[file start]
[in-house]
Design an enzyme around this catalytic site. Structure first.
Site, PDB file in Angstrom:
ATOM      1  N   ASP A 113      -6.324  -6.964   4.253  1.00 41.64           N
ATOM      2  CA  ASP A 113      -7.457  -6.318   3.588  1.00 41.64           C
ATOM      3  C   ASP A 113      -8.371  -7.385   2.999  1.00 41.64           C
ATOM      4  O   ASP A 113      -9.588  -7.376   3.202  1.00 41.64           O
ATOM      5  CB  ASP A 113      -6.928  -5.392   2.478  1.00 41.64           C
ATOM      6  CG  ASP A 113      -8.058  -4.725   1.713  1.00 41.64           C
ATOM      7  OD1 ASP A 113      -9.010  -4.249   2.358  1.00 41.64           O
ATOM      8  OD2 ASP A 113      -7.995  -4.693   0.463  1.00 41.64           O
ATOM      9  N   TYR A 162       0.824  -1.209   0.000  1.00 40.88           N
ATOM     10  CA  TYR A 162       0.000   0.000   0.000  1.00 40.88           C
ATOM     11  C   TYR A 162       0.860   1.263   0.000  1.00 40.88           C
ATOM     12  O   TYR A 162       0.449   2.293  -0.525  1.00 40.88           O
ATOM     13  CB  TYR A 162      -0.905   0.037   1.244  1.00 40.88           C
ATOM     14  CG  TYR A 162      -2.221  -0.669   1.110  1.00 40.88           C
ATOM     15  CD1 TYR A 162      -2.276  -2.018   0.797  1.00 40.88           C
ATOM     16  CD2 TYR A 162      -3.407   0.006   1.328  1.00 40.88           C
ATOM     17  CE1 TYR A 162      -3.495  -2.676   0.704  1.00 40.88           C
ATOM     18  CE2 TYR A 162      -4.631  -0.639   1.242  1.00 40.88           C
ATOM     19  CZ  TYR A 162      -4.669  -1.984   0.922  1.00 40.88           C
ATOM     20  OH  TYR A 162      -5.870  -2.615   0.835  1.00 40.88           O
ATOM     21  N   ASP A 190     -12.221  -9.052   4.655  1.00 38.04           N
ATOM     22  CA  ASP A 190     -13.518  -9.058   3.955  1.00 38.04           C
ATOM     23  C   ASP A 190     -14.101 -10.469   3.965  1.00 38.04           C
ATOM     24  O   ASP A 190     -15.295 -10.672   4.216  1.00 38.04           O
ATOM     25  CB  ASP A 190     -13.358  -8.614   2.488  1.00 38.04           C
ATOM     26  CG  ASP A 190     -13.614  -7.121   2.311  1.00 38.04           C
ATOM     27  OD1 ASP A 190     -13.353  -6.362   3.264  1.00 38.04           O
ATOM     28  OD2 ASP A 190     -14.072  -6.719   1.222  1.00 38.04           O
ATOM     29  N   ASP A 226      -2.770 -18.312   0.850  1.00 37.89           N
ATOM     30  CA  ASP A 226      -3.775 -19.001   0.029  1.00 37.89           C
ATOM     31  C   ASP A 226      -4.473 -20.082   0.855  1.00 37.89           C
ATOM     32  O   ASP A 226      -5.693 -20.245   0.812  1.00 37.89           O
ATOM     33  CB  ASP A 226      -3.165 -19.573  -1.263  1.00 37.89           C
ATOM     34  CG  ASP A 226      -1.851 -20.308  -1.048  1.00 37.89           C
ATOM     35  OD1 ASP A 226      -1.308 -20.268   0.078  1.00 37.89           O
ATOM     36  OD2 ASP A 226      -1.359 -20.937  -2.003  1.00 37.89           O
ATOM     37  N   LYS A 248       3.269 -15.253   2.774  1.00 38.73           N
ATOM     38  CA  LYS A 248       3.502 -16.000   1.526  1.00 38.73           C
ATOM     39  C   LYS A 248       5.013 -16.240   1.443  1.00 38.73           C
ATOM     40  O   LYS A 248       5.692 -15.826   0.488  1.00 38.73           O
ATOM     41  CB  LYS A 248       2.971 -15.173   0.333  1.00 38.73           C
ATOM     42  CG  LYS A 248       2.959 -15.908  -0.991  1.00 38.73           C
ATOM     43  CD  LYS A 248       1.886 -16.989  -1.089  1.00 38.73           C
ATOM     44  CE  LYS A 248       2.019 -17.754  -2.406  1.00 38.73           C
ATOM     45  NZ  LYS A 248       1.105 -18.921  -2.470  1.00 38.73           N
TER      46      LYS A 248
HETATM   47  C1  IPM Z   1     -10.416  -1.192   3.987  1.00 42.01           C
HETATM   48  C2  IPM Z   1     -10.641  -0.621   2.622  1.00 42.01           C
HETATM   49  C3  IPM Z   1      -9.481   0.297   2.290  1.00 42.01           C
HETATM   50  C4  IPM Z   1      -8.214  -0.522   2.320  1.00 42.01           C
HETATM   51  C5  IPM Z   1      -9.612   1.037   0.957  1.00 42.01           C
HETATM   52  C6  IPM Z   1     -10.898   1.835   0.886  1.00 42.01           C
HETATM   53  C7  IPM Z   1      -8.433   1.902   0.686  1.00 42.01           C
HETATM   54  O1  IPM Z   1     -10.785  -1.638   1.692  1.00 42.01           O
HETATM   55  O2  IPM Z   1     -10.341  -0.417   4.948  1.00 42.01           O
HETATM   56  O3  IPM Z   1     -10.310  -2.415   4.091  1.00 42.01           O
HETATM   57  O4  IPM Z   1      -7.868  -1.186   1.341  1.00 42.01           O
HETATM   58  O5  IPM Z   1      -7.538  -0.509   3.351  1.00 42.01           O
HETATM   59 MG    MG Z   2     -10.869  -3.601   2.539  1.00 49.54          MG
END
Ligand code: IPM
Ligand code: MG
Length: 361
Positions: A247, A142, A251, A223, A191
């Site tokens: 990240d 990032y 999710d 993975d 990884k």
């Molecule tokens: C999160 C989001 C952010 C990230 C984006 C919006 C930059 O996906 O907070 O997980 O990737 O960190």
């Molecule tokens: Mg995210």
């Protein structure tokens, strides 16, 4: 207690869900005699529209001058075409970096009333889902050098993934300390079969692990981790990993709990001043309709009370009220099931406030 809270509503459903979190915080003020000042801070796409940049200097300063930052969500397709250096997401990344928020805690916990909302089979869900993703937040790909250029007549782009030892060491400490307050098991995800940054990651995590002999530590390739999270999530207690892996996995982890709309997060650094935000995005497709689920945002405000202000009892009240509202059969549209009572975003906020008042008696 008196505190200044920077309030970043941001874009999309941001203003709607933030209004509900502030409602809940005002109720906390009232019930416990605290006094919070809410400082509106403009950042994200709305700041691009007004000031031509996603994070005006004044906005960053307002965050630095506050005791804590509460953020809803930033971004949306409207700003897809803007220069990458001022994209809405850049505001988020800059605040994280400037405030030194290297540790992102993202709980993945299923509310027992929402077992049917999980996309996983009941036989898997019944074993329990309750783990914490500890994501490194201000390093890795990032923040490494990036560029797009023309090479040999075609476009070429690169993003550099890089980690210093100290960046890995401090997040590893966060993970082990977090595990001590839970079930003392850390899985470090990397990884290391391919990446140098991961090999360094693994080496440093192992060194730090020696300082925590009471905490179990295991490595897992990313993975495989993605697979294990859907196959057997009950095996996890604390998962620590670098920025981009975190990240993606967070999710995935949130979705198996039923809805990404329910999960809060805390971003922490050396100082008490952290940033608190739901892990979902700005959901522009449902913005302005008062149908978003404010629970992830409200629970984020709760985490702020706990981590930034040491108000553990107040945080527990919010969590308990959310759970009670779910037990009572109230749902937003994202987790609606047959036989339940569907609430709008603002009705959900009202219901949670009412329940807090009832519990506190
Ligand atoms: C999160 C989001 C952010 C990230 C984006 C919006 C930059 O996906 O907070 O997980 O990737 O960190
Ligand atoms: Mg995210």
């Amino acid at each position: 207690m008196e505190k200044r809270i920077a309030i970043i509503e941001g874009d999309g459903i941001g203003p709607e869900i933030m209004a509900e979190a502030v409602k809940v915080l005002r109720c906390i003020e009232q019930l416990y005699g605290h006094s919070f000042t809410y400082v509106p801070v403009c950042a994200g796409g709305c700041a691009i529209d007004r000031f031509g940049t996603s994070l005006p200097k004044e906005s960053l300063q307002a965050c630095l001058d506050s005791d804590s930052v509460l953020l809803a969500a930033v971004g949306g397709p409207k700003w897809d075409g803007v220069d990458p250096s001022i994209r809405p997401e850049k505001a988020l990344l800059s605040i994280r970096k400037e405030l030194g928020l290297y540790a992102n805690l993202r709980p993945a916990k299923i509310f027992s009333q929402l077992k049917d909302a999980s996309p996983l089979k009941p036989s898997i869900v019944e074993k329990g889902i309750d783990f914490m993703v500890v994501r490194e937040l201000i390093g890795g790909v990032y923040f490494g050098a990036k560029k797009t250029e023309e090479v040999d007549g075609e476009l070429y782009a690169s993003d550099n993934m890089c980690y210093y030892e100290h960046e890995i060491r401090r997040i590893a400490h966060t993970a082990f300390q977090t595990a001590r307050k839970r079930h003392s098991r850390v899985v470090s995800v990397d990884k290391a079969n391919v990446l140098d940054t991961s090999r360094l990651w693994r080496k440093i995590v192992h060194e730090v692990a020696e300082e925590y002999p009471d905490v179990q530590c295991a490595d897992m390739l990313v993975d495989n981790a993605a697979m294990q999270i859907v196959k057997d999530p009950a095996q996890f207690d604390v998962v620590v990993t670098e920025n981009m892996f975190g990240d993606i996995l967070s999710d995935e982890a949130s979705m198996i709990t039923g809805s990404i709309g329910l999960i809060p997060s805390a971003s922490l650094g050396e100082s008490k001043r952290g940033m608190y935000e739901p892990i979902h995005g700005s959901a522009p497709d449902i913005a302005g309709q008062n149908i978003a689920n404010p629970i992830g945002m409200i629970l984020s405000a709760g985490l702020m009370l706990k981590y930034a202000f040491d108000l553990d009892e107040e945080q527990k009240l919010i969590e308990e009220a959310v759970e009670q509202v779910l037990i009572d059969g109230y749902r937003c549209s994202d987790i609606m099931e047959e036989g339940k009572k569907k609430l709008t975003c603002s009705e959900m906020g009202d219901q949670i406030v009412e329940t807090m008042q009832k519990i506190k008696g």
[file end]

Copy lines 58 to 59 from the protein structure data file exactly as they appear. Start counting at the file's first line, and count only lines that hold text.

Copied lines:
HETATM   55  O2  IPM Z   1     -10.341  -0.417   4.948  1.00 42.01           O
HETATM   56  O3  IPM Z   1     -10.310  -2.415   4.091  1.00 42.01           O